Pack your elasticated-waist trousers – this foodie’s paradise makes it impossible to resist just… one... more... bite. The original home of the slow-food movement, on Turin holidays you’ll find elegant, upscale restaurants, some of which have been serving since the 18th century.
Piedmontese cuisine is the order of the day – expect multiple courses of roast meats, polenta, risotto, cheese and truffles – and, of course, pasta. Then there’s the Porta Palazzo, Europe’s largest open-air market, and the numerous cafés serving the famous Turinese chocolatey ‘bicerin’ drink.Chocoholics will be in heaven – the city is said to be the birthplace of the chocolate bar, and chocolatiers have whipped up their sweet creations here for centuries.
Historical and opulent, holidays to Turin are always romantic. There are still ruins and an amphitheatre from the time of its Roman origins, but the ancient city is overlaid by Baroque architecture and ornate flourishes, due to Turin’s former position as the Savoy Kings’ home. In wet and snowy weather, the miles of covered porticos and arcades mean you can shop and stroll in relative comfort, just as the historic royals did. Turin is an excellent shopping, or browsing, city – walk the wide, cobbled avenues to huge piazzas decorated with statues. Around the Roman Quarter, raid cheese, meat and wine shops for souvenirs – and take a bit of the city home with you.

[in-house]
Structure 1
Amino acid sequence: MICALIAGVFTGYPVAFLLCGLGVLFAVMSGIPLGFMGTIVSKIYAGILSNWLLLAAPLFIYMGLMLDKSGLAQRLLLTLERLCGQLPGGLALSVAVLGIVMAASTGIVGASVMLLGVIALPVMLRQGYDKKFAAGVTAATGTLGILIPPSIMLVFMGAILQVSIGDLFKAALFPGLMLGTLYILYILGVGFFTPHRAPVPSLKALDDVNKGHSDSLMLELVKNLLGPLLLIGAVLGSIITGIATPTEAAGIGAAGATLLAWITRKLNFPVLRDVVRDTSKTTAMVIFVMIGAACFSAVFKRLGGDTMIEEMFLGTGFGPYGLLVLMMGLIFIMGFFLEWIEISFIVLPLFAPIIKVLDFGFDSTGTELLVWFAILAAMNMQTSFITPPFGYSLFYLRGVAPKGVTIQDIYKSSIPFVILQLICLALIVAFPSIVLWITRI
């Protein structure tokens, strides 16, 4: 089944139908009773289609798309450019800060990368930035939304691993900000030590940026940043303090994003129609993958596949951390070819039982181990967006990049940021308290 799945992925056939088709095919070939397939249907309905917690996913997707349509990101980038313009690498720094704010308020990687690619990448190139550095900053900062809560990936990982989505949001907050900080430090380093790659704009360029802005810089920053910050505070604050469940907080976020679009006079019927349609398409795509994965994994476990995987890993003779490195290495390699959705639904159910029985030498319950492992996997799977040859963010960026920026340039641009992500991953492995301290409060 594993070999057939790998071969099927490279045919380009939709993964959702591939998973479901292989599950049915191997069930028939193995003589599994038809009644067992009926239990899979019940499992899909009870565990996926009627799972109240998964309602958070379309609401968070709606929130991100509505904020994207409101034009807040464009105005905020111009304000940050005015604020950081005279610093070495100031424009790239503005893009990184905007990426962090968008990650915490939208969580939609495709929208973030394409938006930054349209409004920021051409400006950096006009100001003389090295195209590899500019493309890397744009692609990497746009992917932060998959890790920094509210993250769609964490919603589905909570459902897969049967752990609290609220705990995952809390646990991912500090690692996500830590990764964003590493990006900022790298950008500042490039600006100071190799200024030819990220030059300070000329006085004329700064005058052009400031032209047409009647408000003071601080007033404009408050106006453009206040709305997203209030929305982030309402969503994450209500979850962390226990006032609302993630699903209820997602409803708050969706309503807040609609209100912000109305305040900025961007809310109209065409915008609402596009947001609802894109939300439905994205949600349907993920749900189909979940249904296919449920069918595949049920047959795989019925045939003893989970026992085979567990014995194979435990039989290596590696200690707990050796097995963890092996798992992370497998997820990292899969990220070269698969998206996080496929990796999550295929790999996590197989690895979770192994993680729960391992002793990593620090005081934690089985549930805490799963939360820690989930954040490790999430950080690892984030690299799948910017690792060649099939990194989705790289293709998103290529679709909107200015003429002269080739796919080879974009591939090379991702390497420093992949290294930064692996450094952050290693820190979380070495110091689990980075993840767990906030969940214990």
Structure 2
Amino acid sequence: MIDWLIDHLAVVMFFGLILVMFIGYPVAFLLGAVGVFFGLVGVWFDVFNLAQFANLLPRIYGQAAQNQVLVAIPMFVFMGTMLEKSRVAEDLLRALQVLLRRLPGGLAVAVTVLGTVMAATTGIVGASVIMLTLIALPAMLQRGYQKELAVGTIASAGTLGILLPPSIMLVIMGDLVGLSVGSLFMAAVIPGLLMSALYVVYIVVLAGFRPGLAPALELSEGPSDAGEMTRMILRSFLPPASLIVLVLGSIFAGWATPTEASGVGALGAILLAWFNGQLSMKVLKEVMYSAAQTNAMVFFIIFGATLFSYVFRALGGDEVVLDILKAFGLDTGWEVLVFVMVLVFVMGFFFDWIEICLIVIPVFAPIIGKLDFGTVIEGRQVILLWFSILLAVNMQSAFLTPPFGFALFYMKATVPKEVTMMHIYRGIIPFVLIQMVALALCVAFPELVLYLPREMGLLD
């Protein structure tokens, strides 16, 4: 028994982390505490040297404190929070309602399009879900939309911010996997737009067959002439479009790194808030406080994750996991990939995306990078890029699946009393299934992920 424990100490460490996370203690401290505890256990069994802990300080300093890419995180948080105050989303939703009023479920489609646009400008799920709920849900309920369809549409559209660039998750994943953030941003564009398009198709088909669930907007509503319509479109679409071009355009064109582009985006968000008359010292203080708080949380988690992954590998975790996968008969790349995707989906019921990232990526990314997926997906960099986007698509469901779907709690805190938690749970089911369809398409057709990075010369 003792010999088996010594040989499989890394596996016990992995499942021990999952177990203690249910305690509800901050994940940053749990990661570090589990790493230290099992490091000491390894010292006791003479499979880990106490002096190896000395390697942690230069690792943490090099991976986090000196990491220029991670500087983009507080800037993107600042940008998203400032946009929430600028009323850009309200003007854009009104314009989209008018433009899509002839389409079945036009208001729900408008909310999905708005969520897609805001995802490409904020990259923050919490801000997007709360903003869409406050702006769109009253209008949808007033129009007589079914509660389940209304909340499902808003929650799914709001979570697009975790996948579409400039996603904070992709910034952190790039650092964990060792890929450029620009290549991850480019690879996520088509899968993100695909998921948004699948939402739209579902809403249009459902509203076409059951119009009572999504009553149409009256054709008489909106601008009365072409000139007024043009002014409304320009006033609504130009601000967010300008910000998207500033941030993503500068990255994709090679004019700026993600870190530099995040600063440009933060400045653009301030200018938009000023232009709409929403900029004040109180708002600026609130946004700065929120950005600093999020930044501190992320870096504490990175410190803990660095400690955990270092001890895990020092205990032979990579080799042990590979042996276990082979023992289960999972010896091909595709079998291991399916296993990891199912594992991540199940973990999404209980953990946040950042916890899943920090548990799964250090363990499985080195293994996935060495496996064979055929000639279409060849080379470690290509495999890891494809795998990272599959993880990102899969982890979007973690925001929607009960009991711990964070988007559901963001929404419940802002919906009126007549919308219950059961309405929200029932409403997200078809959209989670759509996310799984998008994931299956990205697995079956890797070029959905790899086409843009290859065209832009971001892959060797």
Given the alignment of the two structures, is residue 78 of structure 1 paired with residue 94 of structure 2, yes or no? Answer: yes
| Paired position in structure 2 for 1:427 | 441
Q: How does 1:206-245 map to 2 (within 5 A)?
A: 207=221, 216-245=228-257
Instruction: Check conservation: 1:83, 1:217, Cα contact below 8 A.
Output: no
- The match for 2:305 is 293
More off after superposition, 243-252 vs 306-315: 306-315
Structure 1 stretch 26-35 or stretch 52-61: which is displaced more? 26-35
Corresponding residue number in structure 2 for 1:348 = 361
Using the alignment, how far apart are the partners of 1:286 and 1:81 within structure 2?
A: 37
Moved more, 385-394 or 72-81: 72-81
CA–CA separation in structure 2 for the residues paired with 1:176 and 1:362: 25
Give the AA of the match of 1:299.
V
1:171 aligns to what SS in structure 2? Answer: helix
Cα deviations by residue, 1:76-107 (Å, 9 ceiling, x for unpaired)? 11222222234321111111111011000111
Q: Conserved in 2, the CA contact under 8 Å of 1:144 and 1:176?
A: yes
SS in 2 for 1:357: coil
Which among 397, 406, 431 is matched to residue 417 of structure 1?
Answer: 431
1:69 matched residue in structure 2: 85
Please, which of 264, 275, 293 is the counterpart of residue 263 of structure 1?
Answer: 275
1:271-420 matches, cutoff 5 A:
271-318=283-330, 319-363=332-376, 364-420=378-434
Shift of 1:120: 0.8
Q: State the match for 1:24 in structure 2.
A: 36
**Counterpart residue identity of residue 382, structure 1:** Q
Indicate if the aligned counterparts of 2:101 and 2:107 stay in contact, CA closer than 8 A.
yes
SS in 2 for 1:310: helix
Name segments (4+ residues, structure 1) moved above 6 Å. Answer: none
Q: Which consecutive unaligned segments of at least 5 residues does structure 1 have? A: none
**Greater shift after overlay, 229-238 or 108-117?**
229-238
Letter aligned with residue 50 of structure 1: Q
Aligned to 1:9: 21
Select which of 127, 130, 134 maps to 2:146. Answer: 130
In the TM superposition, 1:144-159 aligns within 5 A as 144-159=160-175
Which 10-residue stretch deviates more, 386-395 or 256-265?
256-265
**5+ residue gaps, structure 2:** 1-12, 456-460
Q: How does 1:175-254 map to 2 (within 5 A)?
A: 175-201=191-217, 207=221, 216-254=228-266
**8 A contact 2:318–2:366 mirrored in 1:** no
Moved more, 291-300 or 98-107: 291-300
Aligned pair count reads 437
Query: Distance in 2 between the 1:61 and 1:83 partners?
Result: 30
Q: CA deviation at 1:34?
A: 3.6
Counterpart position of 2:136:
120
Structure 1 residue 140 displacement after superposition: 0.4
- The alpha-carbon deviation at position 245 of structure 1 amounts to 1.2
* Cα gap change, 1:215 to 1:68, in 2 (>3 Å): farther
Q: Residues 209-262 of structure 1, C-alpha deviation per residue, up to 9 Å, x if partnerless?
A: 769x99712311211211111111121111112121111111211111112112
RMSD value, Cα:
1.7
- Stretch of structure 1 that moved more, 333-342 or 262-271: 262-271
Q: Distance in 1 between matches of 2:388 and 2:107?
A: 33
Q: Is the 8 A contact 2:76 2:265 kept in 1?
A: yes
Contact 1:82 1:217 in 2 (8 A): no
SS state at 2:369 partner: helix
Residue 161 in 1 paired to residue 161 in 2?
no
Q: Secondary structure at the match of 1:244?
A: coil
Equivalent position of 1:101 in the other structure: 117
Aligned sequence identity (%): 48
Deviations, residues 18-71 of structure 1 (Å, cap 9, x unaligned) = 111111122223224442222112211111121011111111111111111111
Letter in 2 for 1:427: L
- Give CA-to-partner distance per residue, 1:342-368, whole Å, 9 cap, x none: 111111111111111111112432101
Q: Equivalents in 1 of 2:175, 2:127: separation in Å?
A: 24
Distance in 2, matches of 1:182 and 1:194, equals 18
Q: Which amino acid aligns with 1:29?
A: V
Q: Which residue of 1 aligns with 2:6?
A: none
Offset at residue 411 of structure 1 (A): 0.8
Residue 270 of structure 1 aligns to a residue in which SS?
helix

The Turin Shroud
The Shroud, which some claim is an imprint of Christ’s face, is rarely on public display, but the Museum of the Shroud has an excellent copy on show.
Gran Madre steps
Film fans will recognise Turin as the location for 1969’s ‘The Italian Job’. The gang drove their Minis down the steps in front of the Gran Madre di Dio church.
Probably the world’s best-preserved Roman gate, this impressive structure, built in the first century, marks the edge of the old town, and reveals Turin’s grand and ancient origins.